An agreement between the U.S. Department of Transportation and SkyWest Airlines will ensure continued commercial air service to Alpena County Regional Airport, Michigan Senators Carl Levin and Debbie Stabenow announced Friday.
The agreement preserves airline service through the Essential Air Service Program, which supports airline service in communities that might otherwise lack commercial air service. Alpena is one of eight Michigan communities served by the EAS program.
"I'm pleased that we've reached a resolution that meets the needs of Alpena and surrounding communities," Levin said. "Businesses, government and individuals in the community have worked hard to make sure Alpena will get the airline service it needs, and with this agreement, the Department of Transportation has succeeded in maintaining this vital economic lifeline for the community."
"This is great news that will allow the Alpena region to boost tourism and grow its economy," said Stabenow. "Increased access to transportation and commercial air services will help create jobs and more travel options for the Alpena area."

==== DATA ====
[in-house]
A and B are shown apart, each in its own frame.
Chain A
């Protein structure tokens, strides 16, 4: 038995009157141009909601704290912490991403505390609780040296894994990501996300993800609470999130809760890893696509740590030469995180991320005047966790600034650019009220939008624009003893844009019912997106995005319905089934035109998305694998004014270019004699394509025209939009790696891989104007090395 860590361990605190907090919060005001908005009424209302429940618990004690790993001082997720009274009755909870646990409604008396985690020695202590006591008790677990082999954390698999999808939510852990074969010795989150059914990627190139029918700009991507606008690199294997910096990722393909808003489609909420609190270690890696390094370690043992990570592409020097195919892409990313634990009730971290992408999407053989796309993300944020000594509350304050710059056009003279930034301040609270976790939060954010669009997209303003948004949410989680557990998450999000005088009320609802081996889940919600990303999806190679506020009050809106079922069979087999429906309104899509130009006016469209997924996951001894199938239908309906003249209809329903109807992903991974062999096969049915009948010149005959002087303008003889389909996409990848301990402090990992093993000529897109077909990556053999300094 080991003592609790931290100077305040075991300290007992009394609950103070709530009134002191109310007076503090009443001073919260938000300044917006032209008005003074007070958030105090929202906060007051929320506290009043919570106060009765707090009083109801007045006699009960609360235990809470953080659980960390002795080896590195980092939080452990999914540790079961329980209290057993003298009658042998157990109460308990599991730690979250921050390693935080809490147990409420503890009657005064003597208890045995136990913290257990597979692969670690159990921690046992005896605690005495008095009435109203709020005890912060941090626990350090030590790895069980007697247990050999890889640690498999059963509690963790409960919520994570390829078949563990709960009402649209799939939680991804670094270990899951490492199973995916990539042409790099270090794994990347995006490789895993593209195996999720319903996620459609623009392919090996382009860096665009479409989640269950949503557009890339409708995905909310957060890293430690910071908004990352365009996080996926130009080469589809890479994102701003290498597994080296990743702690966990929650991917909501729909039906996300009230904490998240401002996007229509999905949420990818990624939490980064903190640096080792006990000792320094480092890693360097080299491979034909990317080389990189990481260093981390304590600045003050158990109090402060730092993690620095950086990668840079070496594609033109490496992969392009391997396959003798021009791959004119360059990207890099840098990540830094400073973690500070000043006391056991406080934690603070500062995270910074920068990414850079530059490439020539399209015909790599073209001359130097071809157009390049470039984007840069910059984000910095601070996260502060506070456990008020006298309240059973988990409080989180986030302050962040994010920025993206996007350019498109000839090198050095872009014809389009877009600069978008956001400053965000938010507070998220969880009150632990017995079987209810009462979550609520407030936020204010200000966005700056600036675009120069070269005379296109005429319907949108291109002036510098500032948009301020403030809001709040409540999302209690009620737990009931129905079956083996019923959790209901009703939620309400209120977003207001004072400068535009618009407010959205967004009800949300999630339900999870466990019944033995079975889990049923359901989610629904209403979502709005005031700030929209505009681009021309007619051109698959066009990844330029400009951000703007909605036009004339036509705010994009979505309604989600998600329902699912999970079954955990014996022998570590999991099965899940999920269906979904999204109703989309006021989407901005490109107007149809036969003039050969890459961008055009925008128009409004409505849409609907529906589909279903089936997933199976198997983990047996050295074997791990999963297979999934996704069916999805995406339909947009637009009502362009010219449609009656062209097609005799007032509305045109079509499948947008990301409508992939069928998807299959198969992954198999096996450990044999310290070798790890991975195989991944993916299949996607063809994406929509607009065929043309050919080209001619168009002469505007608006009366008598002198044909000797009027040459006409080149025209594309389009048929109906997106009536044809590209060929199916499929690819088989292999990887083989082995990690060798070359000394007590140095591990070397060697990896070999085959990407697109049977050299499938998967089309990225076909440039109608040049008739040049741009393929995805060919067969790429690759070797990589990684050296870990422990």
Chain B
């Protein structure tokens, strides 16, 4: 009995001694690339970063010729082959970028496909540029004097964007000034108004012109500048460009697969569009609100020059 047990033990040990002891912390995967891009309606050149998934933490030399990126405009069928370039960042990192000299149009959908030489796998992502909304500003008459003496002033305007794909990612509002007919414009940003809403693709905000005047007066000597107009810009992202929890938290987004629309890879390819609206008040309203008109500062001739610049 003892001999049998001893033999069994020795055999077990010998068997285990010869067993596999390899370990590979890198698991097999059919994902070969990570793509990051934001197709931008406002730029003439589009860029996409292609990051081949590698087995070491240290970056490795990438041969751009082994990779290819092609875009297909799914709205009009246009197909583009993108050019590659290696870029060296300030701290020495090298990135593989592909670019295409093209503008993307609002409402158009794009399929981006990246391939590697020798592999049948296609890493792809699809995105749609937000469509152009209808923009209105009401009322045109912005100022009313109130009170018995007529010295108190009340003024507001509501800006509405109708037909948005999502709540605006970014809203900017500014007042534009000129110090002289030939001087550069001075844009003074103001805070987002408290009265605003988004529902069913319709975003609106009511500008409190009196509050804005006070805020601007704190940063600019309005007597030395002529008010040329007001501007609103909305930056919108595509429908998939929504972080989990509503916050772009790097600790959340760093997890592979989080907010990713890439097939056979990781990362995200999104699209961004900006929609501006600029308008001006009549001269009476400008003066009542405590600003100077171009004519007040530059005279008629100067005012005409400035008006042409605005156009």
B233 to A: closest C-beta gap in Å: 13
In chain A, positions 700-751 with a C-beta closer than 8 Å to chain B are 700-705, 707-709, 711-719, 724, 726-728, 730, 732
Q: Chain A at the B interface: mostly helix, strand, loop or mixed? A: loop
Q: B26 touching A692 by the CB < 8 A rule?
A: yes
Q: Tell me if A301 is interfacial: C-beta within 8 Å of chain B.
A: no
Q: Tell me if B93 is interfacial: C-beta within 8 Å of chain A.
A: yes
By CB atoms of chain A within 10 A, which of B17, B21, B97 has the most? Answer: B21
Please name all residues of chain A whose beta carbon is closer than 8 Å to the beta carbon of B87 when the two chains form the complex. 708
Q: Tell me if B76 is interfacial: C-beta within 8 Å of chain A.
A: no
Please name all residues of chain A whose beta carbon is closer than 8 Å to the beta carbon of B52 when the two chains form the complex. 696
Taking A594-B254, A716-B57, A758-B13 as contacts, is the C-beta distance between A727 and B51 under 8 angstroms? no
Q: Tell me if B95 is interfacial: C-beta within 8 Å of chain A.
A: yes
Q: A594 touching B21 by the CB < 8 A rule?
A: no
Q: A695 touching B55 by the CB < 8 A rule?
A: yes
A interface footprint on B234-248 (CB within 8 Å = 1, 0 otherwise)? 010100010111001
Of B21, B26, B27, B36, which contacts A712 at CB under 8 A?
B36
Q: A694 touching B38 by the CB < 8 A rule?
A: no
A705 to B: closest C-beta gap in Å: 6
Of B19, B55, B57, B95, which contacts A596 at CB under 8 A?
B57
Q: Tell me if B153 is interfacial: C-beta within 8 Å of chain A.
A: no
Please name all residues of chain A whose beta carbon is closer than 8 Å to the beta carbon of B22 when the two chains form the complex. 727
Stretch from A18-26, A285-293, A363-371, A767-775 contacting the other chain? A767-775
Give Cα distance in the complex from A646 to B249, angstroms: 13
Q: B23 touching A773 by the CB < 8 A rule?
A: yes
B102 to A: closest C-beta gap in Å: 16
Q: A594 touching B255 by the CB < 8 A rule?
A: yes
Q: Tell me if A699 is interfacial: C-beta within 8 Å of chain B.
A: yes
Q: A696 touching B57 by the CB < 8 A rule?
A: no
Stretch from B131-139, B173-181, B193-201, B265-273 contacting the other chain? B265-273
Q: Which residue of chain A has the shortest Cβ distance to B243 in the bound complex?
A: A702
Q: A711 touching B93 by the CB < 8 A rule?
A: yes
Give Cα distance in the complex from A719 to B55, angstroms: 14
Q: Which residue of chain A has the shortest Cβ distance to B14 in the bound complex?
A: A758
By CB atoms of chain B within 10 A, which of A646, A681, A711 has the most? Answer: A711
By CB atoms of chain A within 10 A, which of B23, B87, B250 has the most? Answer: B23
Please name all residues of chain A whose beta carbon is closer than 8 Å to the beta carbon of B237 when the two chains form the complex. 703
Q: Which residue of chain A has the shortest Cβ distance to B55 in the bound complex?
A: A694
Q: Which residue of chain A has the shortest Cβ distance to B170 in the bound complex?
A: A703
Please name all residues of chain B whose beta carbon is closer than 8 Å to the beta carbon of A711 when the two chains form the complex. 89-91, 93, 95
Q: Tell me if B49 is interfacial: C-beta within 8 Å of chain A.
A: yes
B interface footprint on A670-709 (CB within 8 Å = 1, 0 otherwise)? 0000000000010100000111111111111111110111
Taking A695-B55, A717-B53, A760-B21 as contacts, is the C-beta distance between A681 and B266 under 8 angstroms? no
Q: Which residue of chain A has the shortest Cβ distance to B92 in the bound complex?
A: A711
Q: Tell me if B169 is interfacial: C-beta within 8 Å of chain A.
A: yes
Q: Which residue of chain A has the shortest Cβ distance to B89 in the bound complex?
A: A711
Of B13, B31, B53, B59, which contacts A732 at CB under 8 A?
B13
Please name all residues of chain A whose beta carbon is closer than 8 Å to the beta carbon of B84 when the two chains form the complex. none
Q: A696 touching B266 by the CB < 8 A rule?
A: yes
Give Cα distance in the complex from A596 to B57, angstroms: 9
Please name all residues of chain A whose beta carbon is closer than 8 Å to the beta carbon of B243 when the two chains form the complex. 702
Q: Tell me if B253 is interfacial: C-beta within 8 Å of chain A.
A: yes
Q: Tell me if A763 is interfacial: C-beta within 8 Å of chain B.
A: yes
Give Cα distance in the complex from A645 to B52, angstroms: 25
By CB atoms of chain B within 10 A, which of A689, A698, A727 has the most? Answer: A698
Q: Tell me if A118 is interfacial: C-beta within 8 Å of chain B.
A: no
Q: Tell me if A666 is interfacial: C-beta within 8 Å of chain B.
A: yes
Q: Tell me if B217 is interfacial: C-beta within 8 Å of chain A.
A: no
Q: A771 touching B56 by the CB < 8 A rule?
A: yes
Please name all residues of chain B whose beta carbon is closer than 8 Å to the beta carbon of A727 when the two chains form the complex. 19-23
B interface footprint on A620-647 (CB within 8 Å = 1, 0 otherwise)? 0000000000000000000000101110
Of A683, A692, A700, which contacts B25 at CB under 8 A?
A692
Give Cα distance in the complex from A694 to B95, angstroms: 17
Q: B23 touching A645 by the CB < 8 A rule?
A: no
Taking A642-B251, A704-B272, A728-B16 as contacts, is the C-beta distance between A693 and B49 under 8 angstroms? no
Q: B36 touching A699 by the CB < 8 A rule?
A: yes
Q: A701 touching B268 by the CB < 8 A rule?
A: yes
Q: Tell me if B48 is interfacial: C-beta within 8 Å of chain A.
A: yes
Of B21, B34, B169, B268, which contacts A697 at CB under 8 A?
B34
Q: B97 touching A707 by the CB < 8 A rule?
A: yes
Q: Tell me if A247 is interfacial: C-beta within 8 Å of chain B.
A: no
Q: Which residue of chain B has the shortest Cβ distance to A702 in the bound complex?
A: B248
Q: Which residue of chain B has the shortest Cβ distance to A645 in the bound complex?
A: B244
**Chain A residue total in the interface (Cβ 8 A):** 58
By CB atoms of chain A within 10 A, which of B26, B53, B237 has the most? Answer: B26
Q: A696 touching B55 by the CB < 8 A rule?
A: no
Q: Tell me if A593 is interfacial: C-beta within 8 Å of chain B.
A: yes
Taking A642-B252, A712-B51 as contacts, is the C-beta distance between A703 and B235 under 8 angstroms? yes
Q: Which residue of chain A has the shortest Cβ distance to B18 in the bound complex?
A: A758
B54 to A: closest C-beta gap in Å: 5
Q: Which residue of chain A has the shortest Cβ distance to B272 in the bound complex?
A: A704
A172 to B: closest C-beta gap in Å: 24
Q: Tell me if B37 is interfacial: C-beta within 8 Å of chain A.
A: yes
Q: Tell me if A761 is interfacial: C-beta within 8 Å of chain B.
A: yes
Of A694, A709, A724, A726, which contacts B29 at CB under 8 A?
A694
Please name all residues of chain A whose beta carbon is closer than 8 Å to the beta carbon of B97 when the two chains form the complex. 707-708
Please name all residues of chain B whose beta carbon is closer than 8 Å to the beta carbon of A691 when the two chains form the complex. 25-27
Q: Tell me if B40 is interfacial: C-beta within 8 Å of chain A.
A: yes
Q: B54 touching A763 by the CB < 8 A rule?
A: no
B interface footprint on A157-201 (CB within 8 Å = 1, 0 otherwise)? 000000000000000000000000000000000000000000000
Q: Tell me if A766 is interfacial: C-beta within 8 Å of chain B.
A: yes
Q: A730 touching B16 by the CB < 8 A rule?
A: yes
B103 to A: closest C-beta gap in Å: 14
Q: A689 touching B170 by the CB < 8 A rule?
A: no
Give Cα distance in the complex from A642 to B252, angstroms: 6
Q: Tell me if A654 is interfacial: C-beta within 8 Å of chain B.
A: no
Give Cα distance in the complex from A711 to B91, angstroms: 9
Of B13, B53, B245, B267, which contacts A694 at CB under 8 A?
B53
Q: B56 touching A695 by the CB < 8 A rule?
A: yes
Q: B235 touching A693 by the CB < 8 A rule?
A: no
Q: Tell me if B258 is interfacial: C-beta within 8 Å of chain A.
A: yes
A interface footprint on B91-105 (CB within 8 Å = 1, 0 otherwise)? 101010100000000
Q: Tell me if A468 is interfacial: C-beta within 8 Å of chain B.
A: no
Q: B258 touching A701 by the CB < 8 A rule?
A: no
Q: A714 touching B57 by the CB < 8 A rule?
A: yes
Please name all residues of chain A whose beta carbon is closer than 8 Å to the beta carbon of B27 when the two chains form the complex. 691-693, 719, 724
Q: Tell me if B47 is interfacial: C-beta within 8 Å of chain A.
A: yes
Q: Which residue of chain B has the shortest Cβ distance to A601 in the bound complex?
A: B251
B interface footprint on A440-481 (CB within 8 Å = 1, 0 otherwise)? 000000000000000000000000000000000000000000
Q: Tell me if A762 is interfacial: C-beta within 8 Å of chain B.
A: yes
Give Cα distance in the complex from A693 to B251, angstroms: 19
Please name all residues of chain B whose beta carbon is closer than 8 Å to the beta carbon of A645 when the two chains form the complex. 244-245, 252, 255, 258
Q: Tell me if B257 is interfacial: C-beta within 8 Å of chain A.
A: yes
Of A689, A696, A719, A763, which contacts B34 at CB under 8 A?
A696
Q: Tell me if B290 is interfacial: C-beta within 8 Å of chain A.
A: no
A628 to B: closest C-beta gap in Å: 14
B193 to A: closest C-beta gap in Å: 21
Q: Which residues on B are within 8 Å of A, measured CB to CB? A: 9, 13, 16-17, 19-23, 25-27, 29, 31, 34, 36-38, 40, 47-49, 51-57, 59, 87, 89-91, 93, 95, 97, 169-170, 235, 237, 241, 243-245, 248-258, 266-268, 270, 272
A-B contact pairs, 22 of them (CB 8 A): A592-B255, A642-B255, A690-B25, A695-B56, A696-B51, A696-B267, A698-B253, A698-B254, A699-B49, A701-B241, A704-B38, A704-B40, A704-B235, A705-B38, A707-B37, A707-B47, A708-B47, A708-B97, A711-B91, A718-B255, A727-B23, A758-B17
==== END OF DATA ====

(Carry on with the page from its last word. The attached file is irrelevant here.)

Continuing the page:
In July of 2011, Delta Air Lines, which provided EAS service to Alpena, announced it would cancel its service to Alpena and 23 other communities. Several rounds of solicitations for a replacement airline failed to produce a suitable replacement. With support from Senators Levin and Stabenow, the community sought additional time to reach out to other airlines, including SkyWest, efforts that brought about the agreement announced today.
The community strongly supported the SkyWest bid, which includes daily service from Alpena to Detroit and Minneapolis --St. Paul.
EAS serves a critical function by connecting small or rural communities to the nationwide air transport system, keeping them linked to the global economy. In February, Congress passed legislation supported by Senators Levin and Stabenow to reauthorize Federal Aviation Administration programs, including EAS. That legislation rejected the approach of a bill passed in the House that would have eliminated EAS.